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4.0 Rating
Getting Started: How to Hold Your D-SLR Camera

Getting sharper, more in-focus pictures can be as simple as learning how…

Beginner

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4.6 Rating
Shooting Wirelessly with the Nikon WR-R10 and WR-T10 Wireless Remotes

Learn how easy it is to use the WR-R10/WR-T10 for…

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4.1 Rating
Nikon 1 Advanced Camera with Interchangeable Lens System

Revolutionary camera system designed for today’s picture taker.

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4.4 Rating
Online Exclusive: Slow Motion

Add variety to your videos with slow motion footage

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3.4 Rating
How to Record Audio: Tutorial on Audio Basics

Recording audio for HDSLR video

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3.7 Rating
First Look: The All-Seeing, 360° Nikon Action Cam

Corey Rich describes his experience shooting with the KeyMission 360

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4.3 Rating
Using Variable Neutral Density Filters to Adjust Exposure in DSLR Video

Adjusting exposure with Variable ND filters

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Setting up the D4S/D4 and WT-5 for Networking: HTTP Mode or FTP Server

Video tutorial on setting up the D4S/D4 and WT-5…

Advanced

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4.3 Rating
Video Composition Rules: Establishing, Medium and Close-up Shots

Composition tips for video

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3.0 Rating
Wired and Wireless File Transfer

Wired or wireless options lets you transfer image files from the camera to computer when…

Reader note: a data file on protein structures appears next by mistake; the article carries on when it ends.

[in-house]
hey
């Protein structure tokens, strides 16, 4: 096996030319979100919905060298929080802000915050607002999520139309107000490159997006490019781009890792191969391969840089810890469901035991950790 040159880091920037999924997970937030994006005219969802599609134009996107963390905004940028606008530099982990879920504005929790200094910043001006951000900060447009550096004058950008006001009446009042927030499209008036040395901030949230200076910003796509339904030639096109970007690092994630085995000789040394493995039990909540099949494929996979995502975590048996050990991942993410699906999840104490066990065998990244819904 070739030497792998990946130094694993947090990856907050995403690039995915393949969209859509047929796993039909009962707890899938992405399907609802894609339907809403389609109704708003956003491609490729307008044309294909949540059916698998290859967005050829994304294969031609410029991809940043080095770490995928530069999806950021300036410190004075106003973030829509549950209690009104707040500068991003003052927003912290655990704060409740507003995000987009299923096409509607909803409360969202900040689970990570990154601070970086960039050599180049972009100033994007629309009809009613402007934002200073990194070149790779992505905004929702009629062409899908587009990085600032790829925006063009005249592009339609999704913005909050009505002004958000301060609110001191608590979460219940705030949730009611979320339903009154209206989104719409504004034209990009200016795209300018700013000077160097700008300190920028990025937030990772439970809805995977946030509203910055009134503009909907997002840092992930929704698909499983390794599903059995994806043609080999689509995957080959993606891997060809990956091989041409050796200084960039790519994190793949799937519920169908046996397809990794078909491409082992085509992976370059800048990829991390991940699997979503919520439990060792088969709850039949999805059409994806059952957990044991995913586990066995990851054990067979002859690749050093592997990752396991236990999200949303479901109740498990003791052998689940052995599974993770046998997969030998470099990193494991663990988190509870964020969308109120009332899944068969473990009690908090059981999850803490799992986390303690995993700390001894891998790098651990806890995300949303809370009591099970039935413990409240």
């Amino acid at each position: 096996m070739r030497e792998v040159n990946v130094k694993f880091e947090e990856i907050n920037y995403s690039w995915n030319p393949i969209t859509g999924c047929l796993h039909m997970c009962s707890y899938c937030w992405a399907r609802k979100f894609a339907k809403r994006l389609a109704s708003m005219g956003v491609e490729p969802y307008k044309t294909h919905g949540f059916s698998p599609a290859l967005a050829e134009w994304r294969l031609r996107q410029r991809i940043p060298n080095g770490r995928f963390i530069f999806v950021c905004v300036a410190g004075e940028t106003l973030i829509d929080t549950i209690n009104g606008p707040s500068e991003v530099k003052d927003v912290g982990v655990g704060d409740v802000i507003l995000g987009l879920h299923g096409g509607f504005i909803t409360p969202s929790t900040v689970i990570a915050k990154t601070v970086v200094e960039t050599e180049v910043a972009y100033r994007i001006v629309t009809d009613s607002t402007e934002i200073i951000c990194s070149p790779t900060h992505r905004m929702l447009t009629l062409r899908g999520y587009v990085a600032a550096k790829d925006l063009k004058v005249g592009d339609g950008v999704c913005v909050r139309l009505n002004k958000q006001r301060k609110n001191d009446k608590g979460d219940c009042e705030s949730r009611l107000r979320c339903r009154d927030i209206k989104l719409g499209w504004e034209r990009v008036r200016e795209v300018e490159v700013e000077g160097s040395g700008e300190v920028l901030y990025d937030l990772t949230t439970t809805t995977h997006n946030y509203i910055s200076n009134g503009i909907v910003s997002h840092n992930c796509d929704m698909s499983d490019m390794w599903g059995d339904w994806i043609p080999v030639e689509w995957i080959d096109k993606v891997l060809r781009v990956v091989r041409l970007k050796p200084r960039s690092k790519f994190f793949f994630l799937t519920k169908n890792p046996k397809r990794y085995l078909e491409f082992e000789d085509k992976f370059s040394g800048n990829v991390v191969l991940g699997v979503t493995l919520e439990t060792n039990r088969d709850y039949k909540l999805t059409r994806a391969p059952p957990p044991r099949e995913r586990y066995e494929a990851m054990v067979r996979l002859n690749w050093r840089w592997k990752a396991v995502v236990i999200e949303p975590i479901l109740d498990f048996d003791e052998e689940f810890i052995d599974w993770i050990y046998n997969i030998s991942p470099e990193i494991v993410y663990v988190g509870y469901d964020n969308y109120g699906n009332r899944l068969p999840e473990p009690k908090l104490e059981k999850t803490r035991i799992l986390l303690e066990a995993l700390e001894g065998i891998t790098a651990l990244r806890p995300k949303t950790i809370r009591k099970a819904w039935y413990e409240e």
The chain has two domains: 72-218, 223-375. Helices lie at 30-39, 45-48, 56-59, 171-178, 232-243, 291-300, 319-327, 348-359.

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4.3 Rating
What is XQD and Why Should I Use it?

Benefits of the XQD media card format explained

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4.0 Rating
Resources to Enhance your Photographic Experience

Learn more about the helpful resources available from Nikon

Beginner

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3.5 Rating
VR Image Stabilization

VR image stabilization technology detects vertical and horizontal movement and offsets it by…

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3.9 Rating
Dedicated Time Release Movie Mode and Time Lapse Using the Built-in Interval Timer

Deciding which technique to use with…

Advanced

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4.4 Rating
Different Types of Microphones: Audio Recording Tutorial

Using accessory microphones when shooting video

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3.1 Rating
Using Your Nikon Camera's Built-in Wi-Fi

Step-by-step set-up guide to using the built-in Wi-Fi feature of Nikon cameras

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4.5 Rating
Six Steps to Lighting Magic with Joe McNally

Follow lighting expert Joe McNally's instructions for easy flash photography…

Beginner

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3.2 Rating
Shooting Wirelessly with Nikon Digital Cameras and Wi-Fi Adapters

Enjoy wireless transfer of images with Wi-Fi compatible…

Beginner